10:45–11:30 Transformative activity focusing on children’s presentations of their game design represented through their game narratives (analogue form [Case 1] and digital form [Case 2]).

11:30–12:00 Joint lunch and informal conversations about the activity.

In both cases, the research assistant introduced the game-based design activities to the children by telling them that they were going to be game designers and in teams create games based on a specific theme. The above-mentioned controlled variables (Krange & Ludvigsen, 2009) are grounded in a narrative theme approach, where the authors, on beforehand, prepared six different themes locating the game design in different settings: Desert; Jungle; Woods; City; Under water; Space (one theme to each of the groups). The narrative emerging from the theme, i.e., game design idea, was developed by the children and, here, we also framed the activity for them. Each group received an A4 sheet of paper where the theme was written together with open space for the children to develop classical narrative content (Greimas, 1973/1987; Propp, 1928/1968), namely the plot, characters involved in the gameplay, and objects/props (Figure 2, left). The children were then introduced to the creative material (Figure 3, mid and right), for instance foam clay, modelling clay, crayons, markers, LEGO, cardboard, different kinds of papers, yarn, glue, tape, scissors, and post-its. The Case 2 children were also introduced to the stop motion equipment (iPads and the Stop Motion Studio app). The children were told that they were free to explore and use all materials at hand; there was no right or wrong. This was important to establish trust among the participants (Heath, Hindmarsh and Luff, 2010).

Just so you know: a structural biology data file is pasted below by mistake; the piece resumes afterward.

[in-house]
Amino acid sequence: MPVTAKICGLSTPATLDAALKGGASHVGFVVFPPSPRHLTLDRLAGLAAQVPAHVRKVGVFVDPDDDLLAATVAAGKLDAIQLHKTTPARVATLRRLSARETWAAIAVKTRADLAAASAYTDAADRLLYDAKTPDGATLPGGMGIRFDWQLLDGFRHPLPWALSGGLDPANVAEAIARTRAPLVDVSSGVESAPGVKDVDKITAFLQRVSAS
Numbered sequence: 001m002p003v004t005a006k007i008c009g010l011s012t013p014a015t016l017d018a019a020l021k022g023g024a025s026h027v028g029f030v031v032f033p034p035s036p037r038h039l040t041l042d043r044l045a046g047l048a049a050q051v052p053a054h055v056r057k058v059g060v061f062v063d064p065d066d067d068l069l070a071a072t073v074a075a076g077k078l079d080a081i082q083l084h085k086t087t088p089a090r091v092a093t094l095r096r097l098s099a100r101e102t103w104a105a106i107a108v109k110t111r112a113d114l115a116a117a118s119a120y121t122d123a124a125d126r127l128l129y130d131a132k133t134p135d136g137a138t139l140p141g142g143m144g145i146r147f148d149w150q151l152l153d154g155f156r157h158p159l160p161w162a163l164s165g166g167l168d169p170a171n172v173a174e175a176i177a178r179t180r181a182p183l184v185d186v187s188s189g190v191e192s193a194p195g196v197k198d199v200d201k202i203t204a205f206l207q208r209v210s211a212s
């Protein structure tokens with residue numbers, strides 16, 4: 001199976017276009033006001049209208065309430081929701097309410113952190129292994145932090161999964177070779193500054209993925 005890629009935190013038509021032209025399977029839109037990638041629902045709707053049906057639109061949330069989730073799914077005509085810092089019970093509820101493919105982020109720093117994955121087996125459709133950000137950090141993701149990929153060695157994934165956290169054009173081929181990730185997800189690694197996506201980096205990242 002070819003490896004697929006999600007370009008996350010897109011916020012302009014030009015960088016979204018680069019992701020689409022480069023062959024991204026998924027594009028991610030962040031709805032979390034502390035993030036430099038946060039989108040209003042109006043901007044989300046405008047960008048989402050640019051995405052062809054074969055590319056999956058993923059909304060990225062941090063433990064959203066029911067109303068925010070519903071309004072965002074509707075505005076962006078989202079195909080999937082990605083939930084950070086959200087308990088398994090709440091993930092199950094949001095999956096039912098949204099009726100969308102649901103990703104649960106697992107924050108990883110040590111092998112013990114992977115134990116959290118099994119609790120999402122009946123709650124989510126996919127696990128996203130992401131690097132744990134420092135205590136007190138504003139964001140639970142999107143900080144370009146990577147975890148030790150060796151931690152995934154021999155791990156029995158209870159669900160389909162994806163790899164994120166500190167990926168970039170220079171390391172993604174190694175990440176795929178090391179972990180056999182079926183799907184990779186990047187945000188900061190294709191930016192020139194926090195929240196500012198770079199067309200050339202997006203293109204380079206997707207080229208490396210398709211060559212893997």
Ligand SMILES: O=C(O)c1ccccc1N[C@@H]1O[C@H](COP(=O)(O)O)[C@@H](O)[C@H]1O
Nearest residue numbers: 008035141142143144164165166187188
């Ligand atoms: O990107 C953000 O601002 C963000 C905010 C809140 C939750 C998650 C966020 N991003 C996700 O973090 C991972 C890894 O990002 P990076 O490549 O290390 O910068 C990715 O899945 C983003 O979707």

A 4 sheet for the Desert gameplay theme and space for the children to specify the plot of the gameplay, characters, and objects and/or props (left). Mid and right pictures show a variety of the creative material available for the children
Figure 3 

A 4 sheet for the Desert gameplay theme and space for the children to specify the plot of the gameplay, characters, and objects and/or props (left). Mid and right pictures show a variety of the creative material available for the children.

3.2 Ethical considerations